The Federal Corporation of Nigeria.

A Publicly Traded Company for Nigerians.

This image is not mine. Duuuh.

By the time you’re done reading this, you may or may not deduce that this was curated by an individual with inadequate knowledge on the political structure of Nigeria. Or politics. Or Nigeria. :-)

Ok, in case you missed the implicit message in the previous line, I think it should be made clear that I’m no political enthusiast, so bear with me if some of the points below sound egregious or just outright ignorant.


What if Nigeria were run as a corporation? Would this evoke better accountability from government officials? Create transparency? Mitigate corruption? Circumvent all those other problems we face? Maybe, maybe not.

Few translations to help elucidate the points below:

Department = State

Senior Manager = Governor (Can be applied to any public position)

Organisation = Country (Nigeria)

Competition = Election

Shareholders = Citizens (Either of the state, or the country. Depends on the context).

Proposal = Proposal. Yes, an actual proposal. Documented proposal. No translation here.

So, How Does This Organisation Work?

Selecting Managers

  1. Both Mr. Kunle & Mr. Tunde are vying for Senior Manager of the Lagos Department.
  2. The shareholders will have to vote for whoever they deem fit for the role.
  3. In order to help shareholders cast meaningful votes, both candidates will create a proposal. This proposal will consist of milestones, deliverables, and all their promises to the Department should they become Senior Manager.
  4. Following the development of their proposals, each candidate will make a presentation to a number of shareholders, followed by an open Q&A session. A copy of the aforementioned proposal will also be disseminated across the media (online & offline) for public scrutiny by the entire organisation.
  5. The shareholders in the Lagos Department are given 7 days to analyse both proposals.
  6. After the analysis of both proposals, the shareholders can vote based on how each candidate plans to address the problems the Lagos Department faces, such as the terrible coffee machine, bad printers (roads), the sporadic pungent smell from the bathroom (high unemployment) and more (you get the gist, I hope).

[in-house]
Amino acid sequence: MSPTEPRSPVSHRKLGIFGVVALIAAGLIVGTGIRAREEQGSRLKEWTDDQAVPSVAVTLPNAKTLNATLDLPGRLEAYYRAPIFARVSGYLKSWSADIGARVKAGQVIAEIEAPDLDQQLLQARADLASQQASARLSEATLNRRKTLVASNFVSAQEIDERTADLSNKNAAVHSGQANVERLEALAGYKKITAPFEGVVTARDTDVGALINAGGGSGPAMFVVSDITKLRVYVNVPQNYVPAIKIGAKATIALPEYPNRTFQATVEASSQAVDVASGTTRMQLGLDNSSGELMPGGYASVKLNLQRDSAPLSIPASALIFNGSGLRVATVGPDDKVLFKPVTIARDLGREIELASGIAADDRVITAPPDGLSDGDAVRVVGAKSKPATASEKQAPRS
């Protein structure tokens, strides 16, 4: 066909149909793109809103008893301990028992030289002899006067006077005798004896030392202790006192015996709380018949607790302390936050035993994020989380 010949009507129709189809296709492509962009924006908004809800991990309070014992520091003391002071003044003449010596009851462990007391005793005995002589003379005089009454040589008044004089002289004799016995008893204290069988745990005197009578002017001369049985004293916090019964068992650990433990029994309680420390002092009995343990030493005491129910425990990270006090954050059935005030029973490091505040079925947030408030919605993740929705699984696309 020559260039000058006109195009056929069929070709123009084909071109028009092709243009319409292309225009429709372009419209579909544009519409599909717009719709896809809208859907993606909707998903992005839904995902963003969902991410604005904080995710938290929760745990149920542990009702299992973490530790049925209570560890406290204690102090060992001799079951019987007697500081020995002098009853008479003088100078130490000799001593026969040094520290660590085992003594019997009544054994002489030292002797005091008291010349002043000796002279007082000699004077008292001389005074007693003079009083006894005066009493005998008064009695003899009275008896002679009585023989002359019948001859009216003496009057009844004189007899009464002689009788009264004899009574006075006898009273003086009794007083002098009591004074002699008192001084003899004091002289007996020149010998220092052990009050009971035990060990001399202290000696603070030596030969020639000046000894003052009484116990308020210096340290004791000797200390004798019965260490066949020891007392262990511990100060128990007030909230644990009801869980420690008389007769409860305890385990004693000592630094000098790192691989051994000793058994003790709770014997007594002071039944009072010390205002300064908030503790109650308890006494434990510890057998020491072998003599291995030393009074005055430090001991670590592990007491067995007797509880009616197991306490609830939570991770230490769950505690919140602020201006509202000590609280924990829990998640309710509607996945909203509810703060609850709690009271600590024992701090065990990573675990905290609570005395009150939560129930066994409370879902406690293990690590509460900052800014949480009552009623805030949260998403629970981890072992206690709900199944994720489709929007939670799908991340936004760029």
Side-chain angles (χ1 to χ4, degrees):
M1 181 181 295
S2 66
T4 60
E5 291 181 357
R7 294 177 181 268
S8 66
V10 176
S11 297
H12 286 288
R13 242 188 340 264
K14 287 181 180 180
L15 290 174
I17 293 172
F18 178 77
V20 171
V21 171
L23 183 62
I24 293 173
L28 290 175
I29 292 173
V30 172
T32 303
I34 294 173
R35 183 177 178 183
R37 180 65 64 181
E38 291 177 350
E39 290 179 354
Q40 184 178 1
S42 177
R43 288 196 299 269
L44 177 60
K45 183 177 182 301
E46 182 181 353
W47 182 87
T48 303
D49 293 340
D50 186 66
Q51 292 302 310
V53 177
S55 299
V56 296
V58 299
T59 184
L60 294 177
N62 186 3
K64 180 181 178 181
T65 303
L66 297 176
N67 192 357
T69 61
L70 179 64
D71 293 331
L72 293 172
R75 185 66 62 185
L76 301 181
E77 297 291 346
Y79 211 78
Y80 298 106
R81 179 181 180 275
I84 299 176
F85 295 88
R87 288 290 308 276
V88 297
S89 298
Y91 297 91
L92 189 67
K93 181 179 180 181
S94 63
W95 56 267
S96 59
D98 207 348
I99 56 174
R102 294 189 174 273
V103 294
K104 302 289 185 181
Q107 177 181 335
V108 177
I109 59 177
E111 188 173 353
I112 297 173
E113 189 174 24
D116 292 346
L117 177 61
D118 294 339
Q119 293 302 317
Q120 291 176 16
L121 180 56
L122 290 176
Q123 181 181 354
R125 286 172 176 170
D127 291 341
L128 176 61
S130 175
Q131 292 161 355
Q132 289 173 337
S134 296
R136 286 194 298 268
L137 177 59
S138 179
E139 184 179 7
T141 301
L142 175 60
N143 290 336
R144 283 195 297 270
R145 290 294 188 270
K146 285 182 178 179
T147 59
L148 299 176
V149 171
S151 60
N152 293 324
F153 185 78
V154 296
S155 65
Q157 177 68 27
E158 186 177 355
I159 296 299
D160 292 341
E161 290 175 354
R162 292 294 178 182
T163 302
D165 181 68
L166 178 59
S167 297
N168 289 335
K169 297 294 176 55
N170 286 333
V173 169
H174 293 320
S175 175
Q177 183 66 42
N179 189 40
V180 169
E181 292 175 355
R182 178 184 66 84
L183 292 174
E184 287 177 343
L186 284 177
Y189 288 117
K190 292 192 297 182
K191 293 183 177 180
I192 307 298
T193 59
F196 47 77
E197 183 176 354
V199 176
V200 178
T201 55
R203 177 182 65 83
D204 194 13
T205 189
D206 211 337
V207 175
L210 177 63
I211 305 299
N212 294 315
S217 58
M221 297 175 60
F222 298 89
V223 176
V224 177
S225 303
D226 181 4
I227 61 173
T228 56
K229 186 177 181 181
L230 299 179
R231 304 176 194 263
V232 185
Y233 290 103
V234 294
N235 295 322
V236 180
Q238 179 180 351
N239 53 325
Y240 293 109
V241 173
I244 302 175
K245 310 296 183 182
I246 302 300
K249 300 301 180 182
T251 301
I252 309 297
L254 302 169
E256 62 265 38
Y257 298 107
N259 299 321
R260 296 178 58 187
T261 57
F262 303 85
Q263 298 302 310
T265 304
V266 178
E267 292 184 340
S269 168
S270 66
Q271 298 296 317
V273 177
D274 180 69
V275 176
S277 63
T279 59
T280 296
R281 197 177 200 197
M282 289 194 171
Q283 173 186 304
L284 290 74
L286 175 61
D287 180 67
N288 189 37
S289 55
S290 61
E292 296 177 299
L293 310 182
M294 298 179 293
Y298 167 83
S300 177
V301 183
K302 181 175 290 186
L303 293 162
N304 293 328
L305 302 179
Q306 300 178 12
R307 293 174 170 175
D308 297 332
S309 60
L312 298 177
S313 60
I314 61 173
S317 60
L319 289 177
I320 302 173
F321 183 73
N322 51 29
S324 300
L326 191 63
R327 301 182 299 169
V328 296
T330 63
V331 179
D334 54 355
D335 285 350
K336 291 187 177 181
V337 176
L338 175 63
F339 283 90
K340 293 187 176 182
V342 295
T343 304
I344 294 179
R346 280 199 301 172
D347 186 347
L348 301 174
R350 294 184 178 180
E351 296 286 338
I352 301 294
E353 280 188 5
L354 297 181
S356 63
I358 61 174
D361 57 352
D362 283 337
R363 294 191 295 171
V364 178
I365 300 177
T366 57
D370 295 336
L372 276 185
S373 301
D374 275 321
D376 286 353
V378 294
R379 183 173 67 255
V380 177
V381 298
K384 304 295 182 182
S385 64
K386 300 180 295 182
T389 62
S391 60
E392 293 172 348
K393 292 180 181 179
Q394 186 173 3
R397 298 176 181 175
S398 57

7. At the end of each quarter (Year), the Senior Manager will be evaluated by the shareholders, based on his accomplishments so far, in accordance with the promises made during the competition for the role. Although evaluation takes place every quarter, this doesn’t imply a transiency in the tenure of the Manager, it’s just an evaluation period. Whereas a competition, which takes place every 4 years will require a 4-year plan, presentation, and the whole shebang.

*Dodges Hot Slap*

I’m not living in a utopia, therefore, I understand these “Senior Managers” often make promises they don’t fulfil. So, how do we address that?

No. We will not be flogging Govt. Officials. Sorry.

Accountability Of Senior Managers

Based on the quarterly evaluation, if say, the Senior Manager fails to deliver on promises, either of the following actions can be taken:

  1. Remuneration Deduction: Following the terms on a contract which the Senior Manager must have signed during the competition, a pre-approved amount from the Manager’s salary will be deducted, as a penalty for the default on deliverables. Given this default was unrelated to any force majeure.
  2. Demotion (Impeachment): Based on a revote at the end of the quarter (Year), given the Senior Manager has failed to fulfil his/her promises for that quarter, the employees in the department can decide whether the Senior Manager should be demoted or remain as Senior Manager. Should the manager be demoted, he will be required to indemnify shareholders an agreed amount as stated in the contract.

How Do We Eradicate Corruption?

About that…

We Don’t. Simply because we can’t.

As you may or may not know, corruption has permeated every organisation across the world. The main difference between corruption in more developed organisations and corruption in The Federal Corporation of Nigeria Ltd. (TFCN Ltd.) is merely the level of inconspicuousness.

In developed organisations, whereas corruption is prevalent, or (believe it or not) even worse than that of TFCN Ltd., the topic remains at a minimal level of discussion amongst common shareholders.

Why? Well, the shareholders are focused on the performance of the Management Team (Senior Managers, etc), therefore, even though some Senior Managers might elicit a budget of N100 Million, for a project which only costs N50 Million, as long as the Senior Manager is able to PROPERLY deliver on this project, the shareholders don’t really care about the actual costs.

They care more about the outcome. They care about the results of the project, and the positive impact it has on their lives. They actually don’t care too much for the unseen corruption involved. They don’t waste resources chasing it.

Now, as to how we address corruption, this is what we implement in TFCN Ltd. As mentioned above, managers are held responsible for their actions. In a case where a Senior Manager nonchalantly displays acts of corruption, he will be held accountable at the end of the first quarter.

*Dodges simultaneous slaps*

The End.

I think.

Give up, bro.

Ok. It’s The End.